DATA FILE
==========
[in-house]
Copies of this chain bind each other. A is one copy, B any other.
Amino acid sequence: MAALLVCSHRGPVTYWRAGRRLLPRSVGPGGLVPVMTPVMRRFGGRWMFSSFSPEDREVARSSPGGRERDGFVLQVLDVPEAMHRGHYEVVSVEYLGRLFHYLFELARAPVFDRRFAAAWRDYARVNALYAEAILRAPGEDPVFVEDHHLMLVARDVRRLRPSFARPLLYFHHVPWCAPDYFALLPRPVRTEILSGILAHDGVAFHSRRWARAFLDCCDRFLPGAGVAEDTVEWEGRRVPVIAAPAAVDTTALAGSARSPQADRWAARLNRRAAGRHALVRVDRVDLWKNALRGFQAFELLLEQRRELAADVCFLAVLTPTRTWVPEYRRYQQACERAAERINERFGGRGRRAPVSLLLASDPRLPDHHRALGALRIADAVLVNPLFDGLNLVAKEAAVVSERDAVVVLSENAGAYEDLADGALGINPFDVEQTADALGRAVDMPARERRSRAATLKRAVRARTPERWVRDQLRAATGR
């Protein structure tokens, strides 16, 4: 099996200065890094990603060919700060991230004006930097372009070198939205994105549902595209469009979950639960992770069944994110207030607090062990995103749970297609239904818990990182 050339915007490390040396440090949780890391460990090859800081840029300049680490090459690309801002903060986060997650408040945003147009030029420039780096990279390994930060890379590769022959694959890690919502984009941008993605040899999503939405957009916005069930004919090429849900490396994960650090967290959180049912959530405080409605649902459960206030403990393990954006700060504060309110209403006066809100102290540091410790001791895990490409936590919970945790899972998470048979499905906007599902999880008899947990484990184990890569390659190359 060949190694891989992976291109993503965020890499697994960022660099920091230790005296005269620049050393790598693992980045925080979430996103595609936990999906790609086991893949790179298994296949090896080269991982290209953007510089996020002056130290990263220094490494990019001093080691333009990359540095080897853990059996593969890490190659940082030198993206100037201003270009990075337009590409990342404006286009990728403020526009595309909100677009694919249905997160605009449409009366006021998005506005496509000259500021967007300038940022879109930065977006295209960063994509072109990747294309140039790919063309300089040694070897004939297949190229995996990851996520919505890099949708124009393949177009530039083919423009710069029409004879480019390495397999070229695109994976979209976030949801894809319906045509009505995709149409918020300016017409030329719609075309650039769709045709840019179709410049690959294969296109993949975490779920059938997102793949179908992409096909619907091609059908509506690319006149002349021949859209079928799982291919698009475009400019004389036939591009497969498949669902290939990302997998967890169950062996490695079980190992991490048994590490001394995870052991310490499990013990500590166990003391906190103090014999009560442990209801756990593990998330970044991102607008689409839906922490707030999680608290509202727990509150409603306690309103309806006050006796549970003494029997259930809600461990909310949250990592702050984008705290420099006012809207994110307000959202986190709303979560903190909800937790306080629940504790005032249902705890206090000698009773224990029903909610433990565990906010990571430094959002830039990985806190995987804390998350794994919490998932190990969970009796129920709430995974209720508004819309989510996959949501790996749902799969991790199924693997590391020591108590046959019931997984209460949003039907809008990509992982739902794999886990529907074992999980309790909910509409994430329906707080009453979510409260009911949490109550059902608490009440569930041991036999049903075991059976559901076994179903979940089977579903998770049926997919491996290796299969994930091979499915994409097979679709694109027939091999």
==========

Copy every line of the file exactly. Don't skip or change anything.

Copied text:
[in-house]
Copies of this chain bind each other. A is one copy, B any other.
Amino acid sequence: MAALLVCSHRGPVTYWRAGRRLLPRSVGPGGLVPVMTPVMRRFGGRWMFSSFSPEDREVARSSPGGRERDGFVLQVLDVPEAMHRGHYEVVSVEYLGRLFHYLFELARAPVFDRRFAAAWRDYARVNALYAEAILRAPGEDPVFVEDHHLMLVARDVRRLRPSFARPLLYFHHVPWCAPDYFALLPRPVRTEILSGILAHDGVAFHSRRWARAFLDCCDRFLPGAGVAEDTVEWEGRRVPVIAAPAAVDTTALAGSARSPQADRWAARLNRRAAGRHALVRVDRVDLWKNALRGFQAFELLLEQRRELAADVCFLAVLTPTRTWVPEYRRYQQACERAAERINERFGGRGRRAPVSLLLASDPRLPDHHRALGALRIADAVLVNPLFDGLNLVAKEAAVVSERDAVVVLSENAGAYEDLADGALGINPFDVEQTADALGRAVDMPARERRSRAATLKRAVRARTPERWVRDQLRAATGR
């Protein structure tokens, strides 16, 4: 099996200065890094990603060919700060991230004006930097372009070198939205994105549902595209469009979950639960992770069944994110207030607090062990995103749970297609239904818990990182 050339915007490390040396440090949780890391460990090859800081840029300049680490090459690309801002903060986060997650408040945003147009030029420039780096990279390994930060890379590769022959694959890690919502984009941008993605040899999503939405957009916005069930004919090429849900490396994960650090967290959180049912959530405080409605649902459960206030403990393990954006700060504060309110209403006066809100102290540091410790001791895990490409936590919970945790899972998470048979499905906007599902999880008899947990484990184990890569390659190359 060949190694891989992976291109993503965020890499697994960022660099920091230790005296005269620049050393790598693992980045925080979430996103595609936990999906790609086991893949790179298994296949090896080269991982290209953007510089996020002056130290990263220094490494990019001093080691333009990359540095080897853990059996593969890490190659940082030198993206100037201003270009990075337009590409990342404006286009990728403020526009595309909100677009694919249905997160605009449409009366006021998005506005496509000259500021967007300038940022879109930065977006295209960063994509072109990747294309140039790919063309300089040694070897004939297949190229995996990851996520919505890099949708124009393949177009530039083919423009710069029409004879480019390495397999070229695109994976979209976030949801894809319906045509009505995709149409918020300016017409030329719609075309650039769709045709840019179709410049690959294969296109993949975490779920059938997102793949179908992409096909619907091609059908509506690319006149002349021949859209079928799982291919698009475009400019004389036939591009497969498949669902290939990302997998967890169950062996490695079980190992991490048994590490001394995870052991310490499990013990500590166990003391906190103090014999009560442990209801756990593990998330970044991102607008689409839906922490707030999680608290509202727990509150409603306690309103309806006050006796549970003494029997259930809600461990909310949250990592702050984008705290420099006012809207994110307000959202986190709303979560903190909800937790306080629940504790005032249902705890206090000698009773224990029903909610433990565990906010990571430094959002830039990985806190995987804390998350794994919490998932190990969970009796129920709430995974209720508004819309989510996959949501790996749902799969991790199924693997590391020591108590046959019931997984209460949003039907809008990509992982739902794999886990529907074992999980309790909910509409994430329906707080009453979510409260009911949490109550059902608490009440569930041991036999049903075991059976559901076994179903979940089977579903998770049926997919491996290796299969994930091979499915994409097979679709694109027939091999």